Food // Honey Brioche Doughnuts In Three Parts: Chocolate + Honeycomb, Chocolate + Crystallised Ginger, Rosewater + Toasted Coconut

Doughnuts are super popular at the moment, I've seen doughnut wedding cakes and they've made a come back at parties as well. We'll just ignore the fact that they're pretty deadly in the calorie department and try not to have 17 at once. I've come up with some fancy pants doughnut ideas for those brave enough to make their own. By the way, it's definitely worth making your own, the mass produced ones just don't measure up.

Here's a pretty spectacular recipe for brioche doughnuts which I've diligently copied from the amazing Humming Bird High blog which can be found over here. I've made a couple of tweaks but they're pretty minor and mostly involve the spelling of the word "doughnut". Below the dough recipe are three different topping options I've come up with.

(makes around 24 doughnuts)

For the Brioche Dough
1 1/2 cups lukewarm water, around 100 (F) or below
1 tablespoon active dry yeast
1 1/2 tablespoons kosher salt
8 large eggs, lightly beaten at room temperature
1/2 cup honey
1 1/2 cups (3 sticks) unsalted butter, melted
7 1/2 cups all-purpose flour
vegetable oil, for frying (around 3 cups)

To Make the Dough

In the bowl of an electric mixer fitted with a paddle attachment, combine the water, active dry yeast, whisked eggs, honey and melted unsalted butter.

Sprinkle 7 1/2 cups all-purpose flour and the salt over the wet ingredients, before turning the mixer on to its lowest speed and mixing in the flour until just combined. If your dough is still very wet add the last 1/2 cup of flour. You may notice lumps in the dough, but don’t worry — these will disappear in the finished product. 

Cover the bowl loosely with a flour cloth or a plastic wrap and allow the dough to rest at room temperature for 2 hours, before kneading down and covering very tightly with plastic wrap and refrigerating. 

The dough can be used as soon as it’s thoroughly chilled, at least 3 hours. You can refrigerate the dough for up to 5 days. The dough will keep for up to 2 weeks in the freezer. When using frozen dough, thaw in the refrigerator for 24 hours before using, before allowing the usual rest and rise times.

To Make the Doughnuts

On frying day, dust the surface of the refrigerated dough with flour, divide into quarters and work with one quarter at a time.

Roll the dough into a 2cm thick rectangle on a lightly floured surface. Using a doughnut cutter, stamp out your doughnuts. If you don’t have a doughnut cutter use a large glass for the body of the doughnut and the large end of a piping tip to cut the doughnut hole. Allow the dough to rest on a warm, lightly floured surface for 20 minutes.

Meanwhile, fill your deep-fryer or cast iron skillet with at least 12cm inches of oil. Heat the oil and drop a doughnut hole into the oil. As soon as the oil starts bubbling around your doughnut hole and it starts turning brown your oil is ready.

Carefully drop your stamped doughnuts into the hot oil, two or three at a time depending on the size of your cast iron skillet. Be sure to leave plenty of room for the doughnuts to float to the surface. Do not overcrowd, or they will not rise nicely. Fry for 1 to 2 minutes per side, or until light golden brown. Remove with a slotted spoon, draining the doughnuts on a plate lined with a paper towel, and let cool slightly before glazing.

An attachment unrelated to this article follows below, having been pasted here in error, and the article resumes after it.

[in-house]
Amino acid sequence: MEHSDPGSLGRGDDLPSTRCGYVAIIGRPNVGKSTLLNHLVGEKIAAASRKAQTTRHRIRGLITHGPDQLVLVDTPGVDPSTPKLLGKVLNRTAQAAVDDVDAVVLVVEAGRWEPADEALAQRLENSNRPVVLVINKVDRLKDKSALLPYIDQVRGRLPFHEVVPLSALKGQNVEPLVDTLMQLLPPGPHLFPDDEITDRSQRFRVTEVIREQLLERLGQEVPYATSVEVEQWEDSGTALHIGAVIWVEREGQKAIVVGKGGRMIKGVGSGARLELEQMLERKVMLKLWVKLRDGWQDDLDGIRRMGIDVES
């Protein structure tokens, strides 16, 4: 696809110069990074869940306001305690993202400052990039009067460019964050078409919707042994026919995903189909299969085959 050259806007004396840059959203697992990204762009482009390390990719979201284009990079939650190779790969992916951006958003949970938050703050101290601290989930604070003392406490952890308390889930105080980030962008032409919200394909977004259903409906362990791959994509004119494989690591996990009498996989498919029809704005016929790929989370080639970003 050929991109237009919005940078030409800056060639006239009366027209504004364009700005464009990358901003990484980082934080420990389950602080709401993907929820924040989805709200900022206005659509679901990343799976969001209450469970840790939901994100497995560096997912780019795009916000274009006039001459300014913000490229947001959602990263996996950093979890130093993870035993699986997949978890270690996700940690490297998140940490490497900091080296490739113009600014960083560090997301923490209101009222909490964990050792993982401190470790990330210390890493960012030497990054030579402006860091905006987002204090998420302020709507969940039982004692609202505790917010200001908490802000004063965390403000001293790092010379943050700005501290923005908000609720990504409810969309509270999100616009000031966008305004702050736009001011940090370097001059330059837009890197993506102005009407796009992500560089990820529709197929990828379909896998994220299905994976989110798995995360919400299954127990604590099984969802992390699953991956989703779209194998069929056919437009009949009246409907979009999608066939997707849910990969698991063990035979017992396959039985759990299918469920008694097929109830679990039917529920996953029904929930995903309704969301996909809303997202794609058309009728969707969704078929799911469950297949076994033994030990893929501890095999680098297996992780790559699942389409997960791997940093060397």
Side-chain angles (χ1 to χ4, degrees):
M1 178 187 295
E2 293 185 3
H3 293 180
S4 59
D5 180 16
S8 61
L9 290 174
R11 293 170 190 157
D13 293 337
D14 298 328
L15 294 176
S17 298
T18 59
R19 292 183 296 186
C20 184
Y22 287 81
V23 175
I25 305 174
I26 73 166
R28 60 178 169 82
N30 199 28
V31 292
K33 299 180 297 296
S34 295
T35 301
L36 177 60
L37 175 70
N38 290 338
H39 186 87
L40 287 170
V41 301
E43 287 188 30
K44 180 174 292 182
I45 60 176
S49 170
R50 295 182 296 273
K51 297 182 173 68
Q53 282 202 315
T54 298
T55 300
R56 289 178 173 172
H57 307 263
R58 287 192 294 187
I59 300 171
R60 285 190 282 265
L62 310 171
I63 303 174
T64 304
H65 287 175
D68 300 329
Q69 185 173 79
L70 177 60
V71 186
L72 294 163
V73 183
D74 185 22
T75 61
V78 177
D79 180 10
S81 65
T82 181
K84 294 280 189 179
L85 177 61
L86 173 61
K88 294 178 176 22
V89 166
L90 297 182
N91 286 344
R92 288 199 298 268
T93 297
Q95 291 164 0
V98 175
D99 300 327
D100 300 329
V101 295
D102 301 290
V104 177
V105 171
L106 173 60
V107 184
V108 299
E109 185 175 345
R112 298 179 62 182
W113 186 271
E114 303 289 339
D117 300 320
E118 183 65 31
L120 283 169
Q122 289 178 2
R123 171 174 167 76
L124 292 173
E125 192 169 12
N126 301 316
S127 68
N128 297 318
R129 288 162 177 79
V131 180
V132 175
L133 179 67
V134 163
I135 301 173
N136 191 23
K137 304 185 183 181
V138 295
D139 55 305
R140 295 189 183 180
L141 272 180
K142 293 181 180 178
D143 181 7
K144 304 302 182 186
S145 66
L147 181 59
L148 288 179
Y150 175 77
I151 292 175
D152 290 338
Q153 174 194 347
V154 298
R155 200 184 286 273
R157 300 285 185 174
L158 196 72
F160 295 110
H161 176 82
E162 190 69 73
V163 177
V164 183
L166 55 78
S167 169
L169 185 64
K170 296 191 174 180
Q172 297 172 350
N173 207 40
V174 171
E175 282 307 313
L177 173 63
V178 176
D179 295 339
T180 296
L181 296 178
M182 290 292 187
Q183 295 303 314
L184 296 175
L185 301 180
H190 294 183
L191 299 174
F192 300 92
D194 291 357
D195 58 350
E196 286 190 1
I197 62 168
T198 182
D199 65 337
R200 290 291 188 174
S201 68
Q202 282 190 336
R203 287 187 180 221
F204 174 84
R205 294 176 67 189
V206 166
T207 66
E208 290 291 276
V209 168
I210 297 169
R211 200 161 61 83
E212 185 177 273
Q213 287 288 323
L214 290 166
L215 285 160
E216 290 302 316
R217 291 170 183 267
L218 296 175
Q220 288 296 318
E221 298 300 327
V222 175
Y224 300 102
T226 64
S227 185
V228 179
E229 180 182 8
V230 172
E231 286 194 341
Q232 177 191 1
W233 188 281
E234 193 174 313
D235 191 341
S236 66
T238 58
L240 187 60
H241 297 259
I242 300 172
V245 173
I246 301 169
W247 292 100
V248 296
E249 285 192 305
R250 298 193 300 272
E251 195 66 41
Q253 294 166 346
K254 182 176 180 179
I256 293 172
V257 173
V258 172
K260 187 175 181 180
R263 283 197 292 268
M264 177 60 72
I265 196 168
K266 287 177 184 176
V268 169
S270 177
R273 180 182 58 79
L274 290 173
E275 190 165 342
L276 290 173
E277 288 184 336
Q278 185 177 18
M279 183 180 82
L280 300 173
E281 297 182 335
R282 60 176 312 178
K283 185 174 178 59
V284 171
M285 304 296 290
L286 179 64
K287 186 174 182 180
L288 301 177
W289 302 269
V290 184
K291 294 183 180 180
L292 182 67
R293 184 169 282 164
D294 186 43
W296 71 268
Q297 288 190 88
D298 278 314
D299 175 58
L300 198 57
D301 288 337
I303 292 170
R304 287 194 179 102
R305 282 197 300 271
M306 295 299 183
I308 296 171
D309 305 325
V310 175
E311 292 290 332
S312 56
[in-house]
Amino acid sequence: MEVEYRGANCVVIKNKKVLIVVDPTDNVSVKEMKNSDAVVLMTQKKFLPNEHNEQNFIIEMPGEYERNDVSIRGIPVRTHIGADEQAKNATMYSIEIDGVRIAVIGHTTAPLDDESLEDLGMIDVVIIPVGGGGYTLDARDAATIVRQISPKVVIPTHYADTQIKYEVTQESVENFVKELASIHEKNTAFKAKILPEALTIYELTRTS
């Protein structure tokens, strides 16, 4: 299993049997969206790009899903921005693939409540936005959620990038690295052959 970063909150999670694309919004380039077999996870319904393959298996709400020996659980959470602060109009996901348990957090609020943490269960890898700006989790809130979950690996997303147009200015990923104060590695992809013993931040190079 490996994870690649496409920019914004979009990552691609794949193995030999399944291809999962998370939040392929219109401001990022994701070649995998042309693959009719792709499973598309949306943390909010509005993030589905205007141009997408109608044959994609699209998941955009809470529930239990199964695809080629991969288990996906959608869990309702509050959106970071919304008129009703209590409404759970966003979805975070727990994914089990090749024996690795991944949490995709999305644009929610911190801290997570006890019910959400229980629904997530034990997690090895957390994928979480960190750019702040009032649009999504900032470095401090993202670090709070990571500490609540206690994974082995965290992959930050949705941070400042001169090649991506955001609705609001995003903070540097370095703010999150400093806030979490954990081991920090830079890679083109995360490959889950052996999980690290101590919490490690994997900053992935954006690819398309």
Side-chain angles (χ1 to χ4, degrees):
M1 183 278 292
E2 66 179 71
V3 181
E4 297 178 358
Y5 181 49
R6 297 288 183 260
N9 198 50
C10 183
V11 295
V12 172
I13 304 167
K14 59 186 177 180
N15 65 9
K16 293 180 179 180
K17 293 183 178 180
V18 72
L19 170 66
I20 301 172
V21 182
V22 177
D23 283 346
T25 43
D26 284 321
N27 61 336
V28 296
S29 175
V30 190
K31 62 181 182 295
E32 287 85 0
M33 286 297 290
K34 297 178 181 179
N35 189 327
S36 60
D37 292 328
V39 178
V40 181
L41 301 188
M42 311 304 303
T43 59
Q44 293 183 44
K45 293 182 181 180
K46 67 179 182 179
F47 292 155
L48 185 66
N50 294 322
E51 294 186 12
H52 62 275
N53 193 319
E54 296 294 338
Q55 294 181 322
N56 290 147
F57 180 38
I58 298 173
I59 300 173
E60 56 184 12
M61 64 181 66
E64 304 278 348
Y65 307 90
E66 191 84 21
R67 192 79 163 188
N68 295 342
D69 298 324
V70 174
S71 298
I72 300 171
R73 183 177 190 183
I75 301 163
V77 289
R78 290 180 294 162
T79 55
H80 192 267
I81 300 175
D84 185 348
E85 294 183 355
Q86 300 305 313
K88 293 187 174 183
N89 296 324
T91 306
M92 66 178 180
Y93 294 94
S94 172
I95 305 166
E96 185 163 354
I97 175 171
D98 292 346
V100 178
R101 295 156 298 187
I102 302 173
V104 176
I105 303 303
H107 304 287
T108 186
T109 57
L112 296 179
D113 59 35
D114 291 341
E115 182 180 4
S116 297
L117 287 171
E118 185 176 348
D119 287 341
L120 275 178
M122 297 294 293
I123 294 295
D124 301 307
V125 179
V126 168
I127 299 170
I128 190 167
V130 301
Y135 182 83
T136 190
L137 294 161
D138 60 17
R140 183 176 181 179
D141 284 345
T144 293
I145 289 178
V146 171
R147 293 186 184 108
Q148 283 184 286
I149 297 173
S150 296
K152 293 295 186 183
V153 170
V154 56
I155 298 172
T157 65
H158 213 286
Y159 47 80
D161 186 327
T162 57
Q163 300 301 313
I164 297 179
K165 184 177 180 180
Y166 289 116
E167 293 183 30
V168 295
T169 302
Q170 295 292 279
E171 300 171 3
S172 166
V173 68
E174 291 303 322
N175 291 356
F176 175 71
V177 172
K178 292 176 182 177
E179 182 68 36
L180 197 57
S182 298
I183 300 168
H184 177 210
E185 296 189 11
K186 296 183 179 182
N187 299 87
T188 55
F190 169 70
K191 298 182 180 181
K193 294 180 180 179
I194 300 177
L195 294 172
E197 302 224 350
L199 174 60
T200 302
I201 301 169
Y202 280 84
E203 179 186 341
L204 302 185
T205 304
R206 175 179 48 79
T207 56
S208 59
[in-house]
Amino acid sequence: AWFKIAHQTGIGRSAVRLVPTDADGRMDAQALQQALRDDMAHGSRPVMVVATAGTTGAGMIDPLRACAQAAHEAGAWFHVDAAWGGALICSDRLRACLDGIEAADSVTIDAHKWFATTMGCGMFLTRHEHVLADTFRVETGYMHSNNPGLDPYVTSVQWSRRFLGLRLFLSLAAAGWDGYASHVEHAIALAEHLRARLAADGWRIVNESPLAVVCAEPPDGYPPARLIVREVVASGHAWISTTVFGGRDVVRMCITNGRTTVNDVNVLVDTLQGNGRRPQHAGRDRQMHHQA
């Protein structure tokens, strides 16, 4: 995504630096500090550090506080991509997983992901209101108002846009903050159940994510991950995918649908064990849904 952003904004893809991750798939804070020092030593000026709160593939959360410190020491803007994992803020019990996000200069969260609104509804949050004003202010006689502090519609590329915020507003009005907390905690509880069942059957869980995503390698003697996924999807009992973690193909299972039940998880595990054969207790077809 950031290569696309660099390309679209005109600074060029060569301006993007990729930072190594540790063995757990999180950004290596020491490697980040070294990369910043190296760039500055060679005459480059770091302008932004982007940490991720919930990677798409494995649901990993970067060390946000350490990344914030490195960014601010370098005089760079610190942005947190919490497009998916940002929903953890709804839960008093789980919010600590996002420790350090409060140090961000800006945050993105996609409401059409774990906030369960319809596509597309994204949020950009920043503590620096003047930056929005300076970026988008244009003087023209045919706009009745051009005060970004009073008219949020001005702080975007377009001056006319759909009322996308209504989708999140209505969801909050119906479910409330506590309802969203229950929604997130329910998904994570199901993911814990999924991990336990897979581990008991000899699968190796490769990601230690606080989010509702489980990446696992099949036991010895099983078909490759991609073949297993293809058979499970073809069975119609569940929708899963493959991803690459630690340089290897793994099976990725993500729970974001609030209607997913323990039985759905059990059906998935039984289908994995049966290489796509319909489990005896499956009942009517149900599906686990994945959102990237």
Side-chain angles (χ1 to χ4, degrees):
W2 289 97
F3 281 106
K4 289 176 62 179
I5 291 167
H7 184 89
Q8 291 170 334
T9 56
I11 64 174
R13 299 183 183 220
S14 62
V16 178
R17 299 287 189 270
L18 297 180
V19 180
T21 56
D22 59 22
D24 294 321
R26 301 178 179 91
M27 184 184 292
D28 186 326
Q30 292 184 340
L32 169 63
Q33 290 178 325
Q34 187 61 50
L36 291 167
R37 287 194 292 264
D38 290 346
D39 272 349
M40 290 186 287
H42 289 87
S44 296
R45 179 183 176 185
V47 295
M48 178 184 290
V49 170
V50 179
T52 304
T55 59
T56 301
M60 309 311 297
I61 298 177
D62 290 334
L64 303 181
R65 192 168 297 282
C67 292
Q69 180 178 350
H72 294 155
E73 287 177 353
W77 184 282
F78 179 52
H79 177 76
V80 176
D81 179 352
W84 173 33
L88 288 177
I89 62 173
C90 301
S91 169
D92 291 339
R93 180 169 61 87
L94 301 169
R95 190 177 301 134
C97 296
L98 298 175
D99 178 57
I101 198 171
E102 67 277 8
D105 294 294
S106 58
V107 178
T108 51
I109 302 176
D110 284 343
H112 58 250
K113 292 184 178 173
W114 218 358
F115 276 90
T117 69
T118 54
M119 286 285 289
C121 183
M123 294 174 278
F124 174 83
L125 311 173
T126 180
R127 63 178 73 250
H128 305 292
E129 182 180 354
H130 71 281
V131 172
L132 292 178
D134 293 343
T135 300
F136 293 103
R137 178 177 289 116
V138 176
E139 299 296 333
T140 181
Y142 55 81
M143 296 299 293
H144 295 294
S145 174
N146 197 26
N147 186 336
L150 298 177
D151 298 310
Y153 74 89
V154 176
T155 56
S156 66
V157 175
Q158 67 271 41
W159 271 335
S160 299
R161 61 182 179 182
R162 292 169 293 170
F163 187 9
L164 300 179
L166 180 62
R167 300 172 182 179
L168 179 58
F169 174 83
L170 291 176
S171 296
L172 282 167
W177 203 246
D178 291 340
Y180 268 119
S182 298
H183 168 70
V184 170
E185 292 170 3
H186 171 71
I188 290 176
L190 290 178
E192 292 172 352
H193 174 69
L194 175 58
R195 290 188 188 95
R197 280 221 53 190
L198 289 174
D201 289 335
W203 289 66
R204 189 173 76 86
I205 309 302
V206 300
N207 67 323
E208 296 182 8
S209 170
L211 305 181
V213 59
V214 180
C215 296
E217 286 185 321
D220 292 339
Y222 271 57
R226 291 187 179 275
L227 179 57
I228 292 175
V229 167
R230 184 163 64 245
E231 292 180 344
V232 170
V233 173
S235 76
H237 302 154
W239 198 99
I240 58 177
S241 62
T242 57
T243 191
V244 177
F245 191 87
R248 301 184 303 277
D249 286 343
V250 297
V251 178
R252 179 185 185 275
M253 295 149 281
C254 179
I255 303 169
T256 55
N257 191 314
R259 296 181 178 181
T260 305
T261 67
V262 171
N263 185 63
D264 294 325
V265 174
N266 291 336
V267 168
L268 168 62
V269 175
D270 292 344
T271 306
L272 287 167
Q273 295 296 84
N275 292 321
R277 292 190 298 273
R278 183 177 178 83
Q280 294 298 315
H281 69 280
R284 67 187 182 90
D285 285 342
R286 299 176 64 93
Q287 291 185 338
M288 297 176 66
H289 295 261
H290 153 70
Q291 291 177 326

Recipe adapted from here.

Chocolate + Honeycomb topping

For the chocolate glaze:
1 1/2 cups powdered sugar
4 tablespoons unsweetened cocoa powder
2-3 tablespoons milk
2 teaspoons pure vanilla extract
50g 70% cocoa Lindt chocolate, melted

For the Honeycomb:
1 1/2 cups white sugar
1/2 cup honey
1/3 cup water
2 tablespoons golden syrup
2 teaspoons bicarbonate of soda

For the chocolate glaze

In a medium bowl, whisk together powdered sugar and cocoa powder. Slowly stir in milk and vanilla extract. Add melted chocolate and whisk until silky and smooth. If you need a touch more milk to make this a dip-able glaze, add a bit more.

Dip doughnuts in chocolate glaze, sprinkle with honeycomb (see below) and let rest to harden slightly.

For the honeycomb

Grease and line an oven tray with baking paper.

Combine sugar, honey, water and golden syrup in a medium saucepan. Place over low heat and cook, stirring, occasionally brushing down side of the pan and spoon with a pastry brush dipped in water to remove any sugar crystals, for 5-7 minutes or until sugar dissolves. Increase heat to high and bring to the boil. Cook, without stirring, for 5-7 minutes or until the syrup reaches crack stage (154°C) on a sugar thermometer. Remove from heat and set aside for bubbles to subside.

Add the bicarbonate of soda and quickly stir with a wooden spoon until combined (mixture will bubble and foam). Pour onto the tray and set aside to cool completely.

Place the chocolate in a heatproof bowl over a saucepan of simmering water. Stir occasionally with a metal spoon until chocolate melts and is smooth. Transfer to a small plastic bag. Use scissors to snip off a corner of the bag.

Turn the honeycomb onto a clean surface. Break into pieces. Scatter over chocolate dipped doughnuts.

Chocolate + Crystallised ginger topping

Crystallised ginger, chopped
Chocolate glaze (see above)

For the chocolate + crystallised ginger topping

Dip doughnuts in chocolate glaze and sprinkle with chopped crystallised ginger

Rosewater + Toasted Coconut topping

1 1/2 cups powdered sugar
2-3 rosewater
1/2 cup shredded coconut
Dried rose petals

For the Rosewater + Toasted Coconut topping

Place the powdered sugar in a medium bowl. Slowly stir in the rosewater until the glaze reaches a dip-able consistency but isn’t too runny.

Toast coconut under a grill until slightly golden.

Dip doughnuts in rosewater glaze, scatter the toasted coconut and rose petals over the doughnuts.